Brooklyn Heights is listed as the 6th safest neighborhood in New York City by Localize. To get to Manhattan from Brooklyn Heights, it will take you 30 minutes by subway, 50 minutes by bus, and it’s a 20-minute drive.
Located in the northwest part of Brooklyn, Prospect Heights is bound by Atlantic Avenue, Eastern Parkway, Flatbush Avenue and Washington Avenue.
It’s home to the NBA’s Brooklyn Nets, who play in The Barclays Center. It’s also home to the Brooklyn Public Library, the Brooklyn Botanic Garden and the Brooklyn Museum. Ethnically diverse, the largest annual parade in New York City, the West Indian Day Parade, winds its way through the ‘hood every Labor Day.
Niche gives Prospect Heights an overall A+ grade, including A+ for good for families, outdoor activities, nightlife and health and fitness, A for diversity and A- for the commute.
Niche lists a median home value of $1.1 million, most people (61%) rent, and the median rent is $2,087, twice the national average. The median household income is $131,000, and residents are well educated, with 39% having a master’s degree or better and 35% have a bachelor’s degree. All those ancestors working hard to give their children a better life rubbed off.
The area earns a B- for crime, with theft being the predominant problem, followed by assaults.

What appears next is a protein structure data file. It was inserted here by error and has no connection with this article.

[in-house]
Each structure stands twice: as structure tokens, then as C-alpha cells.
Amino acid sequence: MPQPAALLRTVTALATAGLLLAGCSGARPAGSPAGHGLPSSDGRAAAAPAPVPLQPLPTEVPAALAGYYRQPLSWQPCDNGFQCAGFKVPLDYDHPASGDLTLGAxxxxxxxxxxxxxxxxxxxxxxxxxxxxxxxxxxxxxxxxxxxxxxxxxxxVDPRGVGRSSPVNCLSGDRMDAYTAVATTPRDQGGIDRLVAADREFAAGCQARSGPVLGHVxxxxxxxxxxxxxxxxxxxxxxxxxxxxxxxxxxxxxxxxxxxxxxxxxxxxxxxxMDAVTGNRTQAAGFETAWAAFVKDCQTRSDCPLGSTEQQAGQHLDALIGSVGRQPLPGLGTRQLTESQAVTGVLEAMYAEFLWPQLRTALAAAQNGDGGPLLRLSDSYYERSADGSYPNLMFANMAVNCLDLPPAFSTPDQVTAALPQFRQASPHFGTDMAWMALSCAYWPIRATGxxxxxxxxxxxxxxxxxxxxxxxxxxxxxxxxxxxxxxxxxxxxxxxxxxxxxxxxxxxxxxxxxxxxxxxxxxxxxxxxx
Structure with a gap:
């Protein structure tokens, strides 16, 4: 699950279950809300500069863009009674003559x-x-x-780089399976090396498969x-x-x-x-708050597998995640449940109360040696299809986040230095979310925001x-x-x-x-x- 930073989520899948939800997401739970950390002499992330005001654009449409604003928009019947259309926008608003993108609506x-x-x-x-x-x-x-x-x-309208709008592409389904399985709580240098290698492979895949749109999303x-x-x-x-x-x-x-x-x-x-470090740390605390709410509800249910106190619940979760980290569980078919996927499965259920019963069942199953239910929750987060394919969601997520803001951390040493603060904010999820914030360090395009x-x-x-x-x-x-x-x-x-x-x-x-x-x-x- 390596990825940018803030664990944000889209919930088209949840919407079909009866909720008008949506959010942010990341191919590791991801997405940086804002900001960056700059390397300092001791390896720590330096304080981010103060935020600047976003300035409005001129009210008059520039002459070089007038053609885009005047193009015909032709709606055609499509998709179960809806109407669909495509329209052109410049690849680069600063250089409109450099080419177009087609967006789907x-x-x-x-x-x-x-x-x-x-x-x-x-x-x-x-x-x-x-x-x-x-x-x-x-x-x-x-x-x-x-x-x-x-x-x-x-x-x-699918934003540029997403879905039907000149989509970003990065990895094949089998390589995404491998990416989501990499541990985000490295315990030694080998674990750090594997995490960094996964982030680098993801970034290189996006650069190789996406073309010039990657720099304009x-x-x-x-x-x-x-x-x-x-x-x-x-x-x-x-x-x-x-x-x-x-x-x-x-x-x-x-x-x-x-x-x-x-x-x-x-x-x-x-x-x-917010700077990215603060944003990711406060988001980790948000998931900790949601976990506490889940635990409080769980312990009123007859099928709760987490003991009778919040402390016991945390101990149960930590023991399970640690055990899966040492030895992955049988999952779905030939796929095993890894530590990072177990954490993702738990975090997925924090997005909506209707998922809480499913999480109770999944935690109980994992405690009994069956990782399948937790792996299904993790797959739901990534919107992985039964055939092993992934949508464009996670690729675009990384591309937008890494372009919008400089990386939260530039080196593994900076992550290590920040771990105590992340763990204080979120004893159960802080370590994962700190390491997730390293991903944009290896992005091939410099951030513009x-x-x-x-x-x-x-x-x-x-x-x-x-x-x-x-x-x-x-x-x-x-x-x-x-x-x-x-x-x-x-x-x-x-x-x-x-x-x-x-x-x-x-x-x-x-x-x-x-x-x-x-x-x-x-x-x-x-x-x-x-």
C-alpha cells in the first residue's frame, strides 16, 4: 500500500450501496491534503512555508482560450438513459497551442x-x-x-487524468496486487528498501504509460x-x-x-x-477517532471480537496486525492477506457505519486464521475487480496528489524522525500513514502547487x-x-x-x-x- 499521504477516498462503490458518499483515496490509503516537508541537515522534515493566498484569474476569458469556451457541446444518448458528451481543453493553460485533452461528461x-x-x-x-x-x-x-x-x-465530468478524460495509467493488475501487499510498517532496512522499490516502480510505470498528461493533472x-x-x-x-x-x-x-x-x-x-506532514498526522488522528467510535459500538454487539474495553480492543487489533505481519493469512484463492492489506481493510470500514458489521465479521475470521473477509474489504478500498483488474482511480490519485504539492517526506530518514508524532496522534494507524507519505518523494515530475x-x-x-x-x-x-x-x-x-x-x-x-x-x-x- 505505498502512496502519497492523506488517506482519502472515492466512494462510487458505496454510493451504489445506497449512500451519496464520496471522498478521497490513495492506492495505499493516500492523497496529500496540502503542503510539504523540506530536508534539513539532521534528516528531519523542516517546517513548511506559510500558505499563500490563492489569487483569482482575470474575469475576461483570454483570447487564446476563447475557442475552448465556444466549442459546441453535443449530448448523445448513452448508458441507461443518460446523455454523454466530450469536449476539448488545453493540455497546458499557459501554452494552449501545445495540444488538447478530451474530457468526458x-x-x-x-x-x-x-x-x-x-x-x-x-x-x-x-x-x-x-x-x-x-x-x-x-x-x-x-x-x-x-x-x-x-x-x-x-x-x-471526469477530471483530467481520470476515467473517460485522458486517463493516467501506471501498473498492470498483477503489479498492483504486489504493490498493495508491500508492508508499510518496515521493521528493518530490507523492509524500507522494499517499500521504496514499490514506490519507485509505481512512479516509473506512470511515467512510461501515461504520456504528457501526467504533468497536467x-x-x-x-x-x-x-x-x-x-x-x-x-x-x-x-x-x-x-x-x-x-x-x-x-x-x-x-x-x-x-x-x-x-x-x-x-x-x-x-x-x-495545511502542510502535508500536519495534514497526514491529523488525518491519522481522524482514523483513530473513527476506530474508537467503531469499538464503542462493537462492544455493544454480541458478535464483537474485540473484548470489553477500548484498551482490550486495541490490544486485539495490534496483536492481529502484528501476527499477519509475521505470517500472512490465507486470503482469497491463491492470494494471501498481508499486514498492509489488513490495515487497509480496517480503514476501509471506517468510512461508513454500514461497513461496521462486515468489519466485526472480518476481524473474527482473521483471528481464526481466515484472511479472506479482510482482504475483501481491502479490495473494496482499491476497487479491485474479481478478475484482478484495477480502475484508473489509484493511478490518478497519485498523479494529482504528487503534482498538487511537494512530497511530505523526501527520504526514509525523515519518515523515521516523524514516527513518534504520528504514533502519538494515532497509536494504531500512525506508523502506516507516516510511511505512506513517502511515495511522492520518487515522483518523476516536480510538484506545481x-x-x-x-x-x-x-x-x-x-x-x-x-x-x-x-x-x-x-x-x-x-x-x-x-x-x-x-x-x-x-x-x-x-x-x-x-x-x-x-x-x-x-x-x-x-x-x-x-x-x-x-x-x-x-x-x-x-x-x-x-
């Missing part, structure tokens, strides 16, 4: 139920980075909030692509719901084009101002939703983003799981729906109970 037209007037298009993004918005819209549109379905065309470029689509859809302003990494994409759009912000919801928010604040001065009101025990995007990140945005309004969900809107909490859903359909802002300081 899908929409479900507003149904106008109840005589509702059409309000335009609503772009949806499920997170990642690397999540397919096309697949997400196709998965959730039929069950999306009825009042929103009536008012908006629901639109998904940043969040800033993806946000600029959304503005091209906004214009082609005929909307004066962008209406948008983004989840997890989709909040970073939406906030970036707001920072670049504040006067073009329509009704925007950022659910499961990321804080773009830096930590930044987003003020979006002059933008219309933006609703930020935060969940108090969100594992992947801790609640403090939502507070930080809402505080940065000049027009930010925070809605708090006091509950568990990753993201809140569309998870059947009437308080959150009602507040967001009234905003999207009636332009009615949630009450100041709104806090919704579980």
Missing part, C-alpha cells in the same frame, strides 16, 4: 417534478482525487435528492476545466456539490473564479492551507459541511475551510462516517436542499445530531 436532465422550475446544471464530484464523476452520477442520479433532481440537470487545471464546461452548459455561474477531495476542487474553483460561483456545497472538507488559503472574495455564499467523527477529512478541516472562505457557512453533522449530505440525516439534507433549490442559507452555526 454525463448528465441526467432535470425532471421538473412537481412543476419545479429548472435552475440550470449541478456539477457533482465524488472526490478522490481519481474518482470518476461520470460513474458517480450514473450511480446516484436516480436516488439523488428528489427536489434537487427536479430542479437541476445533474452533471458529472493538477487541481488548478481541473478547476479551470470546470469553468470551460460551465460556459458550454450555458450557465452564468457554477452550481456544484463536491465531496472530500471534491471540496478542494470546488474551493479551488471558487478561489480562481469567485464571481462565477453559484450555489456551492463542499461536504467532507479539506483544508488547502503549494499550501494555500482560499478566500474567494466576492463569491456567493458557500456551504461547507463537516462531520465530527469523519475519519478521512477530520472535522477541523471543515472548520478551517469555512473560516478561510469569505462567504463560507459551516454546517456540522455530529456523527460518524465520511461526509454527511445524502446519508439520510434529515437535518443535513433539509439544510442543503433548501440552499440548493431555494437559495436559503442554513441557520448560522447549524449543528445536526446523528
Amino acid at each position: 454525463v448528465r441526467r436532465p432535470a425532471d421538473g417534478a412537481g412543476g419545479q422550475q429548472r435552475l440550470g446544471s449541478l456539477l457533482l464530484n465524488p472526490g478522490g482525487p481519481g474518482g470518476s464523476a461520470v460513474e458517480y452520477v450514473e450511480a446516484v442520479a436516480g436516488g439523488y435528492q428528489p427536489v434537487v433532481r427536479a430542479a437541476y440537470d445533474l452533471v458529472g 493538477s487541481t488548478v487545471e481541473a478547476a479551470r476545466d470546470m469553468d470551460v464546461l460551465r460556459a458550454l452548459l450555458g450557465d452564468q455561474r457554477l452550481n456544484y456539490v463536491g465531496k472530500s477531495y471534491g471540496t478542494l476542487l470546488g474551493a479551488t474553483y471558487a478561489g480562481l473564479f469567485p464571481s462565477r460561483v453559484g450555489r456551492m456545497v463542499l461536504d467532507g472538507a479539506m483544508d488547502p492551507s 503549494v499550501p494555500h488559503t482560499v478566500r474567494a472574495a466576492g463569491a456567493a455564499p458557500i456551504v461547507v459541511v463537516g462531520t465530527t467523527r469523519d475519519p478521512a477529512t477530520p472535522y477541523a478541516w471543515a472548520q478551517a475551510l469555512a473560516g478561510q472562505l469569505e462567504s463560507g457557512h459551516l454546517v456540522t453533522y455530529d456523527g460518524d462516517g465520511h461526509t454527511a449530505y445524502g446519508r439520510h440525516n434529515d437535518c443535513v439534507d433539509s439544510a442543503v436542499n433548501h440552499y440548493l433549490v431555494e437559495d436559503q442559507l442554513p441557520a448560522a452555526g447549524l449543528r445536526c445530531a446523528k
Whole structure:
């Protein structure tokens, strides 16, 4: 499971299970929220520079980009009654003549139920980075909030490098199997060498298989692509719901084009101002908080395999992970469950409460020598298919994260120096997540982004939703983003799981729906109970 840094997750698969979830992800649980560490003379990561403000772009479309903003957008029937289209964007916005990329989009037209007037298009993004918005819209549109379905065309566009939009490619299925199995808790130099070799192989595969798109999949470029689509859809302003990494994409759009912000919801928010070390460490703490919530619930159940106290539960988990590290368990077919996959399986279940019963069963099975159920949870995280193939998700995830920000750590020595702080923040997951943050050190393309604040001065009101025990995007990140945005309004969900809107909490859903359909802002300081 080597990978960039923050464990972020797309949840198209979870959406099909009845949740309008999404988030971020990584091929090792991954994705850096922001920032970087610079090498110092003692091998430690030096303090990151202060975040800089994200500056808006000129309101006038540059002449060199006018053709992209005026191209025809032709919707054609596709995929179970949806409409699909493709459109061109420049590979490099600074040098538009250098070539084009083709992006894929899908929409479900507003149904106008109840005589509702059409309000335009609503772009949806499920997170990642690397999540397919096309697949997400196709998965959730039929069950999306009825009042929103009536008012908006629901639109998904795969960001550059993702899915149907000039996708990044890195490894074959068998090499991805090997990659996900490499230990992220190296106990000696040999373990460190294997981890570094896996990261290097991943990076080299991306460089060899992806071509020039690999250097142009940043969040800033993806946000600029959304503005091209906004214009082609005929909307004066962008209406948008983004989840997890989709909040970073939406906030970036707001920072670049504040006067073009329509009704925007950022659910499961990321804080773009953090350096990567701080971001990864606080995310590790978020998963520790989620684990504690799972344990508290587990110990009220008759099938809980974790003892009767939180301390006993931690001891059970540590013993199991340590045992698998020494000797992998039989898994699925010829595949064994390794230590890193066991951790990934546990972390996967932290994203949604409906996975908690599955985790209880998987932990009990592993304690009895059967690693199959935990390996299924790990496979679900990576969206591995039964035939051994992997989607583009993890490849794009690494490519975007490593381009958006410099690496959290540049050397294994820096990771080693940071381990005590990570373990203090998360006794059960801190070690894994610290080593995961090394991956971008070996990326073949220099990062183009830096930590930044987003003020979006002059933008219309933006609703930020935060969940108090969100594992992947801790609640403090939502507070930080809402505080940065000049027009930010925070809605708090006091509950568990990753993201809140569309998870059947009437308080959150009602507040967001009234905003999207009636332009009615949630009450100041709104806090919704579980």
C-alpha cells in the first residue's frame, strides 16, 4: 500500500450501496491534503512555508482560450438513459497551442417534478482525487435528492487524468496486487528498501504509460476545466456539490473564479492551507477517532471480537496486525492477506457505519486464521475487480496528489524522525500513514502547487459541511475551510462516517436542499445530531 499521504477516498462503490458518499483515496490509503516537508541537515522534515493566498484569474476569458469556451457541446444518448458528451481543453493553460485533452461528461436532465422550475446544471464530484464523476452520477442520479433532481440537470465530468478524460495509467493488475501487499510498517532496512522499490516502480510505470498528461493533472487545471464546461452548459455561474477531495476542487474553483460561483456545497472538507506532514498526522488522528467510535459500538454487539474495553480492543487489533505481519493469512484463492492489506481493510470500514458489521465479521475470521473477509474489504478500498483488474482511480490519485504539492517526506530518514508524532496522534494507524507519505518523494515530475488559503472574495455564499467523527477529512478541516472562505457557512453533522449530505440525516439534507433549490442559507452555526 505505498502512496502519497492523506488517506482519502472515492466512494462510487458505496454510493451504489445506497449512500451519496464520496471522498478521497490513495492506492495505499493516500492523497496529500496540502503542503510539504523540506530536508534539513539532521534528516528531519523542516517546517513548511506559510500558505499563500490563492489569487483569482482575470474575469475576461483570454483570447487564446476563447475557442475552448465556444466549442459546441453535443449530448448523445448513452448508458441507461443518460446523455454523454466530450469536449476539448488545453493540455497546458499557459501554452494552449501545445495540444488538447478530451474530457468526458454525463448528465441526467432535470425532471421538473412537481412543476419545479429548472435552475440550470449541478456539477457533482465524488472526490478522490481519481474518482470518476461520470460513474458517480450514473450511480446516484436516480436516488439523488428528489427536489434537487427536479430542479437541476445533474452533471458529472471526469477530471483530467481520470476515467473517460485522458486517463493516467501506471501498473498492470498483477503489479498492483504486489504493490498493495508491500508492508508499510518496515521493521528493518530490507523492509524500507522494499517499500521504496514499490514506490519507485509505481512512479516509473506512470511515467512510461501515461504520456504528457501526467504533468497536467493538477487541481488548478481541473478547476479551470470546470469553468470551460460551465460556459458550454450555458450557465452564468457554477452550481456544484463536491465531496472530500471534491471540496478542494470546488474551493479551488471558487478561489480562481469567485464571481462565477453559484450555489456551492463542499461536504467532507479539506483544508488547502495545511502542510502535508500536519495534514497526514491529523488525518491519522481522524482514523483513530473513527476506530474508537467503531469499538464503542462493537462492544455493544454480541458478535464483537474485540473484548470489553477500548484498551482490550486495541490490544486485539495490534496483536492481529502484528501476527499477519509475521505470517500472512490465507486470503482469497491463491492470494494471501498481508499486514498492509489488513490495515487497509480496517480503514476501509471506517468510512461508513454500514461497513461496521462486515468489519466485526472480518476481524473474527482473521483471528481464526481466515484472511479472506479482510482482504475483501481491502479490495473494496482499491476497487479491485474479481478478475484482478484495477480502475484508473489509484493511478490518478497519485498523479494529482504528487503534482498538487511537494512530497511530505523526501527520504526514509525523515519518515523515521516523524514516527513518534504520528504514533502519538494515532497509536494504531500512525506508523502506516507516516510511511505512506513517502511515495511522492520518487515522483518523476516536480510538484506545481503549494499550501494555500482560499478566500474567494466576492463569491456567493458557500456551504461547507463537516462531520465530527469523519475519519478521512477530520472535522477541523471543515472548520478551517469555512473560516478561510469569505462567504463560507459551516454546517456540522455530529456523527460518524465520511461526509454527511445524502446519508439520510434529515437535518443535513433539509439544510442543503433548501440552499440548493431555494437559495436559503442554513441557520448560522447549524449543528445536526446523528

If you’re working in Manhattan, it will take you 30 minutes by subway, 50 minutes by bus, and it’s a 20-minute drive, depending on the Bridge.
South Slope was originally called South Slope Park and is bound by Sunset Park, Greenwood Heights and Park Slope. Home to a large LGBTQ+ population, it is the site of many Pride events.
South Slope is also home to Green-Wood Cemetery, established in 1838 and the final resting place of notable residents such as composer Leonard Bernstein, U.S. Supreme Court Justice Samuel Blatchford; Elias Howe, inventor of the sewing machine; Henry Steinway (the piano manufacturers); and thousands of others amongst the 560,000 buried on the grounds.
Niche gives South Slope an overall A+, including outdoor activities, health and fitness and nightlife. It earns A for good for families and A- for diversity and the commute.
Median house values are $1.5 million, and rent is $2,446. It’s a 60/40 split between renting and owning. The median household income is approximately $138,000; 39% have a bachelor’s degree, 39% have a master’s degree or better and 32% have children.
When it comes to crime, Niche gives the area a B-. The biggest crime concerns are theft, assault and burglary.
If you live in South Slope and work in downtown Manhattan, it will take you 30 minutes by subway, 20 minutes to drive or take a cab (which will set you back about $100) and the bus will take you 50 minutes.
Brooklyn is the original melting pot, so if you have family treasures from the old country to keep safe, Storage Post has several locations in Brooklyn with a variety of sizes of units, including climate-controlled options to keep your treasures safe.